United States In Focus / Episode Thirteen: Dance & Drama: Strings of The Cleveland Orchestra / Franz Welser-Möst (conductor). Performed in Severance Hall, Cleveland, recorded 30.3 and 2.4.2021 and streamed from 17.6.2021. (MSJ)
Grieg – From Holberg’s Time
Korngold – Symphonic Serenade in B flat major Op.39
The Covid pandemic has been a beast to performing arts organizations worldwide, but it has allowed some enterprising ensembles the opportunity to show what they can do with a challenge. The Cleveland Orchestra responded to the crisis with their In Focus series of concert streams – here in its final episode of the first season – to keep presenting music. The repertory has been intriguing and moving, combining the expressive needs of an extraordinary time with the desire for some familiar signposts along the way. The series has also made use of interviews with musicians to help listeners witness the connection players and conductors have to the works they perform. In short, it has been a brilliant way for the orchestra to pivot, serving both local and world communities in a time when the solace of music has been sorely needed. Happily, even after the return of live concerts, the series will return in the fall. It must be a godsend to music lovers no longer able or willing to venture out.
The final concert of the series combines a familiar favorite with a rarely-heard masterpiece. Edvard Grieg’s suite From Holberg’s Time evokes the bygone era of Norwegian writer Ludwig Holberg with warmly expressive and joyous music, and this performance under music director Franz Welser-Möst fully savored the work’s charms.
Particularly pleasing was the vigor of the opening movement, but especially the feathery delicacy of the quiet moments. Welser-Möst’s use of the full range of the ensemble’s dynamics gave the music a real sense of playfulness. The following sarabande was given sonorous space without ever sagging into indulgence, while the gavotte emphasized Grieg’s mischievous accents, never losing the pulse of the dance the composer was evoking.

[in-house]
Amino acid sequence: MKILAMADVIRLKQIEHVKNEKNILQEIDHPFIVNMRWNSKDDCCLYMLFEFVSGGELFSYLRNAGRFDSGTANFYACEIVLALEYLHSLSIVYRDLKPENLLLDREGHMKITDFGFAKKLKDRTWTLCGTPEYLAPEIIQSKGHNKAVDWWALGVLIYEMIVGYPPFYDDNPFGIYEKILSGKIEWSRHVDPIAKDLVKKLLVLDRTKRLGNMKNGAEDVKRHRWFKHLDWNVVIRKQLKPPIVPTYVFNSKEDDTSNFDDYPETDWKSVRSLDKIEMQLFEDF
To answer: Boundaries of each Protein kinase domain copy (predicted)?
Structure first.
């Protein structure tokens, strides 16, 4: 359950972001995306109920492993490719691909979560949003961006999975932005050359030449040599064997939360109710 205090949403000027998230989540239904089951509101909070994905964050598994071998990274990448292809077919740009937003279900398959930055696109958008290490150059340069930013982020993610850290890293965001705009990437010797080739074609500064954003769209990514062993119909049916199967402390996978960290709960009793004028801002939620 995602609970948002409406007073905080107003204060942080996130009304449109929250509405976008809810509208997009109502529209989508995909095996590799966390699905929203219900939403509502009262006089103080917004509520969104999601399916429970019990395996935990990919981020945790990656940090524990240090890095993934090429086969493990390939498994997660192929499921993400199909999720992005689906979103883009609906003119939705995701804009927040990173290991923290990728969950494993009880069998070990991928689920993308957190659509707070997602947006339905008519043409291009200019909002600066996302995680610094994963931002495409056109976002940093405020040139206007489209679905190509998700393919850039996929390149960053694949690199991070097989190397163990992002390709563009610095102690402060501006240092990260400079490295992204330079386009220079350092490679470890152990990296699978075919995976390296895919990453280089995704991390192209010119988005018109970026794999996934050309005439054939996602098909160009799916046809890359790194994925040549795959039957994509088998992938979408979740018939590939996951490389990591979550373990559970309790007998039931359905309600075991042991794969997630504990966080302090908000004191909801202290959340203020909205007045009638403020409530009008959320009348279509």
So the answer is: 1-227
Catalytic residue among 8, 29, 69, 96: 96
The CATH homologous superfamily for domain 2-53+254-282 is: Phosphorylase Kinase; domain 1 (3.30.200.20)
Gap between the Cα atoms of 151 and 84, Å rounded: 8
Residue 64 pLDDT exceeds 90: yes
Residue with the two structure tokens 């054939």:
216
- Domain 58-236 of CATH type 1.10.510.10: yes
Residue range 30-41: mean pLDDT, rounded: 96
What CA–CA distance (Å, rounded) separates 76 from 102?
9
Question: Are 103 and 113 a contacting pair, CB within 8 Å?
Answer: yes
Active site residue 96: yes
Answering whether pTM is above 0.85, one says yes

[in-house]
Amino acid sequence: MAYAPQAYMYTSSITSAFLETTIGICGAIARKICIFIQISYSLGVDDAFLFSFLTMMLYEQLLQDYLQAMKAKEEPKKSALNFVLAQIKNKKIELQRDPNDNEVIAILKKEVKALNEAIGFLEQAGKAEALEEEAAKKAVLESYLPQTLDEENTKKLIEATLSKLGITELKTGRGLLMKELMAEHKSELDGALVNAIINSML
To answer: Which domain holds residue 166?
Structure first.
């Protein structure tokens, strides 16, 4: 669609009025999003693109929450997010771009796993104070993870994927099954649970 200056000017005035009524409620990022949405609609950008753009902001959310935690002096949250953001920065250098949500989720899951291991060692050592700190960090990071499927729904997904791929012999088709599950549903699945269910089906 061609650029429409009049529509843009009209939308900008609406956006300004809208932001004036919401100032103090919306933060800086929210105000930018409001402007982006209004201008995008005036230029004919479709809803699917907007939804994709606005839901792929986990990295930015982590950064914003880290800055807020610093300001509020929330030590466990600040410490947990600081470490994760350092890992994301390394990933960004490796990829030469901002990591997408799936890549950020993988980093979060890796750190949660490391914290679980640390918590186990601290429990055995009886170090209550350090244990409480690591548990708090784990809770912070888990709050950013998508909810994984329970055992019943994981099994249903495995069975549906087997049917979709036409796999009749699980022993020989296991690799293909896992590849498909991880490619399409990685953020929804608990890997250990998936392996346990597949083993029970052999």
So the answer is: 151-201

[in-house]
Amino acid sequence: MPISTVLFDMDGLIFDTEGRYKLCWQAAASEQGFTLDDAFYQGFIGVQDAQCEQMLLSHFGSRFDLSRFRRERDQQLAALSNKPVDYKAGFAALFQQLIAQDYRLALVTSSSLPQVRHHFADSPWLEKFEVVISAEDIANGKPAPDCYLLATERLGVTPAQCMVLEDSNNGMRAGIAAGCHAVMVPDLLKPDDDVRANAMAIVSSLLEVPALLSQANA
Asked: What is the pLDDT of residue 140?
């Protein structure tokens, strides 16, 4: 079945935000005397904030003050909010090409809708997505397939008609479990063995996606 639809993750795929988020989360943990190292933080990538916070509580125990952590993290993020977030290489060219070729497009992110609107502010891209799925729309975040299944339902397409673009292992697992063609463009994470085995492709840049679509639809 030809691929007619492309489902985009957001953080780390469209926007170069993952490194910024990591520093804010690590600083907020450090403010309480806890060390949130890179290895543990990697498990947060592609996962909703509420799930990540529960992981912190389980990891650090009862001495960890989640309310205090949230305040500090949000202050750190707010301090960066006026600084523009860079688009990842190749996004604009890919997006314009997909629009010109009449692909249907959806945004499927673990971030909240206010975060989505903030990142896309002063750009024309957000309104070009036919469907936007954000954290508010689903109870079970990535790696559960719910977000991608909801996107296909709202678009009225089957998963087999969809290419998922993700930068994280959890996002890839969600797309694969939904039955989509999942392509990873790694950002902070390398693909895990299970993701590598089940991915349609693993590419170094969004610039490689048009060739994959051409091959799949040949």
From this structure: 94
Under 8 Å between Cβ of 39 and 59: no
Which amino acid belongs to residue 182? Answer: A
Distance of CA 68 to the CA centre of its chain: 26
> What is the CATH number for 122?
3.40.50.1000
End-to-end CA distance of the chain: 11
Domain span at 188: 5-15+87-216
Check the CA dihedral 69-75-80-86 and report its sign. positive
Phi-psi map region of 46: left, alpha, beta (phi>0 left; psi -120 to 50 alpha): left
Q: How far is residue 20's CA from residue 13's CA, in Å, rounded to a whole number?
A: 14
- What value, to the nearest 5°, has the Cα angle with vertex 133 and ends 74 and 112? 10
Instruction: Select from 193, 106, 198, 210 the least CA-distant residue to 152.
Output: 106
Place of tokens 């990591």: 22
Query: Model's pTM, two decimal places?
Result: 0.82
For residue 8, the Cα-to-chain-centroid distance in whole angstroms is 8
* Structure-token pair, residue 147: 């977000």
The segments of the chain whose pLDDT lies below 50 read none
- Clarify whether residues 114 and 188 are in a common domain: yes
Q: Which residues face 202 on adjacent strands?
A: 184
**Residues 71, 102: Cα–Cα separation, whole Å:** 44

The slow second movement, an air marked ‘andante religioso’, sometimes grows cloying in performances that attempt to overburden the music with sentiment. Welser-Möst instead kept his focus on the flow of the music so that its upwellings came and went coherently. This approach allowed room for the strings to dig in sonorously without ever losing elegant poise. Likewise, the conductor didn’t turn the minor-key middle of the final rigaudon into another slow movement, keeping its vital momentum alive. The outer sections, led by the fiddling figurations of acting concertmaster Peter Otto and principal viola Wesley Collins, were pure joy.
Franz Welser-Möst has been a persuasive advocate for Erich Korngold’s music for decades, dating back at least to his award-winning recording of the Symphony in F sharp with The Philadelphia Orchestra. It’s a worthy project, as Korngold was truly a masterful composer. It was his misfortune to fall out of the increasingly serial mainstream of the twentieth century, and to be further isolated from the music elite by making a highly successful living as a composer of film music, the gainful employment Korngold found in the US after fleeing the Nazis.
While there are plenty of predictably lovely moments in Korngold’s Symphonic Serenade, he also used it as a canvas for his ability to paint moods and scenes. Most of the first movement is lively, but there is a quiet passage that can make the hair stand up on the back of one’s neck, it is so uncanny. Even in the lively parts, there is a volatility that will keep the listener on his or her toes. When this music was written after the Second World War, it was seen as hopelessly old-fashioned. But now, when fashion of the day is removed from the equation, one can only wonder how so many listeners missed the signs of a genius at work.
The second movement scherzo starts with pizzicato strings like the scherzo of Tchaikovsky’s Fourth Symphony, only here the patterns are even more jumbled and tipsy. Passing bowed moments tingle with otherworldly unease. Like the Grieg, this work has a slow movement with religious connotations, but here the conductor and players rightly seek more anguished, Mahlerian sonorities. The finale closes this amazing work with even more rousing invention. One can only hope it remains a regular visitor in Cleveland or, perhaps, gets issued as one of their TCO releases.
Mark Sebastian Jordan
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